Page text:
Such a foretaste of Alternity, ultimately, is in time, and so we must descend again and return to the world. It’s still not yet, and we must leave the Table. Now, on the way back down, mortality returns and with our mortal lives come fresh new tears. Tears of joy, yes, and tears of relief, but tears nevertheless.

I think of John holding his little ones. Or was that me holding my own tiny children of yesteryear? Was that me holding the dear children I once neglected and failed? Was that me finally lifting up the children I never brought before Jesus?

Is that me, now, so forgiven that I am both a grandfather holding my grandchildren before Jesus and a father holding my children before Jesus?

How could he die for me and so totally forgive me?

It’s agonizing to think about and, on the way down, I weep a little at first and then am awash in my own tears. Each new time at the Table, like this, there are further cleansings and deepening desires to serve the Lord. Like any living sacrifice we have been carved up, consecrated, and changed, and we have been further prepared for God’s work. Like ancient families leaving the Tabernacle, we return home to live more godly lives.

“Thank you, Jesus, for supper.”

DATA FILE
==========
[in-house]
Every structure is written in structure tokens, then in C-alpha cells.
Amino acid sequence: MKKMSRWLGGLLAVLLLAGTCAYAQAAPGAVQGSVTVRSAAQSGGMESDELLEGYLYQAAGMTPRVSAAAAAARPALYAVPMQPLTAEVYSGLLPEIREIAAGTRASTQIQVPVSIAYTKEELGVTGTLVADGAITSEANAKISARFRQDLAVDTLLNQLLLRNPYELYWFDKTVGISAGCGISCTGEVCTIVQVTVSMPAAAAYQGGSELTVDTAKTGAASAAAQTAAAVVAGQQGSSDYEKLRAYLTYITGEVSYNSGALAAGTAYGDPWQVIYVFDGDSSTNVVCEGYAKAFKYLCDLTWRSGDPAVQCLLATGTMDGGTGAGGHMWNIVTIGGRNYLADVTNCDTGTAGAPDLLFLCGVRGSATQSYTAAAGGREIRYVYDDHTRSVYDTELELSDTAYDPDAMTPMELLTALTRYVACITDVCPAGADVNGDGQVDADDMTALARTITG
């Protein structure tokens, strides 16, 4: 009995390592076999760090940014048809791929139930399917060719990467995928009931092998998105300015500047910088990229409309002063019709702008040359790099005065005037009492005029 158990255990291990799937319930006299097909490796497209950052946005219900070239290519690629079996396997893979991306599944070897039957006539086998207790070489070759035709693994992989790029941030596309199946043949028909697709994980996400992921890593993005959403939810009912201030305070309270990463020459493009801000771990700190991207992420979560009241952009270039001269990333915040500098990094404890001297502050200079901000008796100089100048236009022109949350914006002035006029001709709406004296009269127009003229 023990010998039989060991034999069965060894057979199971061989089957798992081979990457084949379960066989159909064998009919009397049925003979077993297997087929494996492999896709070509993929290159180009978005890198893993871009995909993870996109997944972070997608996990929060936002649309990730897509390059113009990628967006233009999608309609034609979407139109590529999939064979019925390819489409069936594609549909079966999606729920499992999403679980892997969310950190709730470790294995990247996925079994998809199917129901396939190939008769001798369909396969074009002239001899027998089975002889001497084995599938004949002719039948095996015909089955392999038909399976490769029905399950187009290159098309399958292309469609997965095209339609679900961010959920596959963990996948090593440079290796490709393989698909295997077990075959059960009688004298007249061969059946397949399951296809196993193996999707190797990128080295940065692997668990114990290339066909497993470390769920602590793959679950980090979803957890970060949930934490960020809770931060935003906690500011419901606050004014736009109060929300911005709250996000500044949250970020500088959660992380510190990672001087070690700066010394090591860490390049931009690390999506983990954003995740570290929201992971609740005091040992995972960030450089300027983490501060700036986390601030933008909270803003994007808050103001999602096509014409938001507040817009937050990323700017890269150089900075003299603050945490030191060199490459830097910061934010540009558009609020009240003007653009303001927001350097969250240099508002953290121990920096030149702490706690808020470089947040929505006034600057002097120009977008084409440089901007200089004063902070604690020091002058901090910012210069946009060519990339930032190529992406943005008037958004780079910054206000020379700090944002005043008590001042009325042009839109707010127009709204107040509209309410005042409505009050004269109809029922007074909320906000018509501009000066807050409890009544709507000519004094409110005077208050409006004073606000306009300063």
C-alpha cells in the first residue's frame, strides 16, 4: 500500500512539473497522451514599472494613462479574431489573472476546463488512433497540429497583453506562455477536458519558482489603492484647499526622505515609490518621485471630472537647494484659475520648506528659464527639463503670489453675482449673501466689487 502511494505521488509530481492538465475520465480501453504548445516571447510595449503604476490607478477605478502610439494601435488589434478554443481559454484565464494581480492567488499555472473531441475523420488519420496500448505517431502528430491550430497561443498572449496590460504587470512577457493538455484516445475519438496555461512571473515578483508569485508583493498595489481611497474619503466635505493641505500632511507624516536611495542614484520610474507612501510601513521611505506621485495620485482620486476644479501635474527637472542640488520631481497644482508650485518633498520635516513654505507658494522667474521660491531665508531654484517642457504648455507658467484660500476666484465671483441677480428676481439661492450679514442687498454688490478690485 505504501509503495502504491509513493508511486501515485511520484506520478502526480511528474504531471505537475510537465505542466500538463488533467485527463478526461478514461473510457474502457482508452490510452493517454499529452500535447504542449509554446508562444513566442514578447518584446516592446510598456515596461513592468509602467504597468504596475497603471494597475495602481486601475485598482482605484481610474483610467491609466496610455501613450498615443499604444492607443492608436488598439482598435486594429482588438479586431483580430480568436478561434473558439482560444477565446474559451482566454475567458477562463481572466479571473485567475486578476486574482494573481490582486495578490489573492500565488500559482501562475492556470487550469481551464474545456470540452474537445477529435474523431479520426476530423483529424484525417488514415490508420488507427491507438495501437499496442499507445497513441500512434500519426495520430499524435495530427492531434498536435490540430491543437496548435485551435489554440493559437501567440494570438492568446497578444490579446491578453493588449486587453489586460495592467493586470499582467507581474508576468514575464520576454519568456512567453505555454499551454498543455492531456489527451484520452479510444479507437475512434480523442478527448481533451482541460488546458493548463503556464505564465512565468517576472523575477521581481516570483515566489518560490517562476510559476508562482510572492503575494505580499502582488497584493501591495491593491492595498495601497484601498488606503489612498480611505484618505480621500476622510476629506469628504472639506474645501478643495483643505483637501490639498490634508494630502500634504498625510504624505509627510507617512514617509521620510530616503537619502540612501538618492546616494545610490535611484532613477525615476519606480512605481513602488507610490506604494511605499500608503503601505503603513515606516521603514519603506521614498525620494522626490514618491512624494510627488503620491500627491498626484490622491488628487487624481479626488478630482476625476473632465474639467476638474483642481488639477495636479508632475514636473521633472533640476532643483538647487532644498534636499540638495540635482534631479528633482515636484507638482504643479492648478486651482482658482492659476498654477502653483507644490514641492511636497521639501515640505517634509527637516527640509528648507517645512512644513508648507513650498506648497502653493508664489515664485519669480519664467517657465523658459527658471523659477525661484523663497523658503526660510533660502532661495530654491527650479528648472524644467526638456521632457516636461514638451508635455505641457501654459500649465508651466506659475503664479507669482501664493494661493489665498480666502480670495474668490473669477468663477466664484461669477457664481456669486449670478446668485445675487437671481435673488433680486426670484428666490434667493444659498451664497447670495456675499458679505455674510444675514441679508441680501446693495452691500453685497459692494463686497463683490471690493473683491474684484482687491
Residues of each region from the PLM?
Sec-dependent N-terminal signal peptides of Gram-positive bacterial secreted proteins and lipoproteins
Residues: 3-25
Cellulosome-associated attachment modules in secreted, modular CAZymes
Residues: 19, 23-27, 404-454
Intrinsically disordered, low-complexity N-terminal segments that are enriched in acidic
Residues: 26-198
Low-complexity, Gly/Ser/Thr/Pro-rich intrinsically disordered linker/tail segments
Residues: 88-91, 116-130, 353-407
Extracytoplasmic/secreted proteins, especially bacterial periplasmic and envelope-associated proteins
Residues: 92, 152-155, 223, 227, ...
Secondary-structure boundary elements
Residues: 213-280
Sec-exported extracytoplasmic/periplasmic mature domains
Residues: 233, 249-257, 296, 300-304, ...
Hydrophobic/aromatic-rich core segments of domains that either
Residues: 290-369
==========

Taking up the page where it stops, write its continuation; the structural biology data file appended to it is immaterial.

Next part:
Sending us on a Commission.

During supper, Jesus told us to return and tell others about our journey. That is why I am writing this account.

After the journey: the not yet of going back home.

Yesterday’s journey toward Alternity was a wonderful Lord’s Service with the Table as a sublime preview of “the marriage supper of the Lamb.”

Today is Sunday, the Day of the Lord. Today at the benediction, when we asked the Lord to make us “perfect in every good work….through the blood of the everlasting covenant,” there was a vivid significance to those familiar words, “the everlasting covenant.” Through our own sweet Narnia of yesterday we had new eyes to see the meaning of the church in history. We could see how we, living in this “blip” into history which began nearly eight thousand years ago, must await and yearn for the “slurp” back into eternity at the Second Coming of Christ. Through yesterday’s journey we had new ears to hear the liturgy of the Lord’s covenant renewal worship singing the refrains of our own daily lives. We could hear with fresh sensitivities the psalms calling us to confession, consecration, communion, and commission and setting the patterns for the whole of our lives. With renewed vigor we could say “Amen!” to knowing “Jesus Christ the same yesterday, and to day, and for ever.” Each new service of covenant renewal, each new struggle with his Word, and each fresh, patterned journey of going to Alternity keep before us the meaning and hope of our daily, suffering lives in Christ. In Christ, we slowly fulfill the promise toward Eternal Life.

Now, the Lord’s Service is over for this week. We leave and go forward, breaking bread from house to house and eating with gladness and singleness of heart, as the Lord adds “to the church daily such as should be saved.” New believers see Christ and rejoice to join us at the Table. A dying ember is sparked, and an old, old flame lightens our own pagan City of Ithaca. In Christ, we renew the covenant renewing us, as the earth is filling with the knowledge of the Lord. Already we look forward to next Sunday’s service but, for now, there’s much work to do.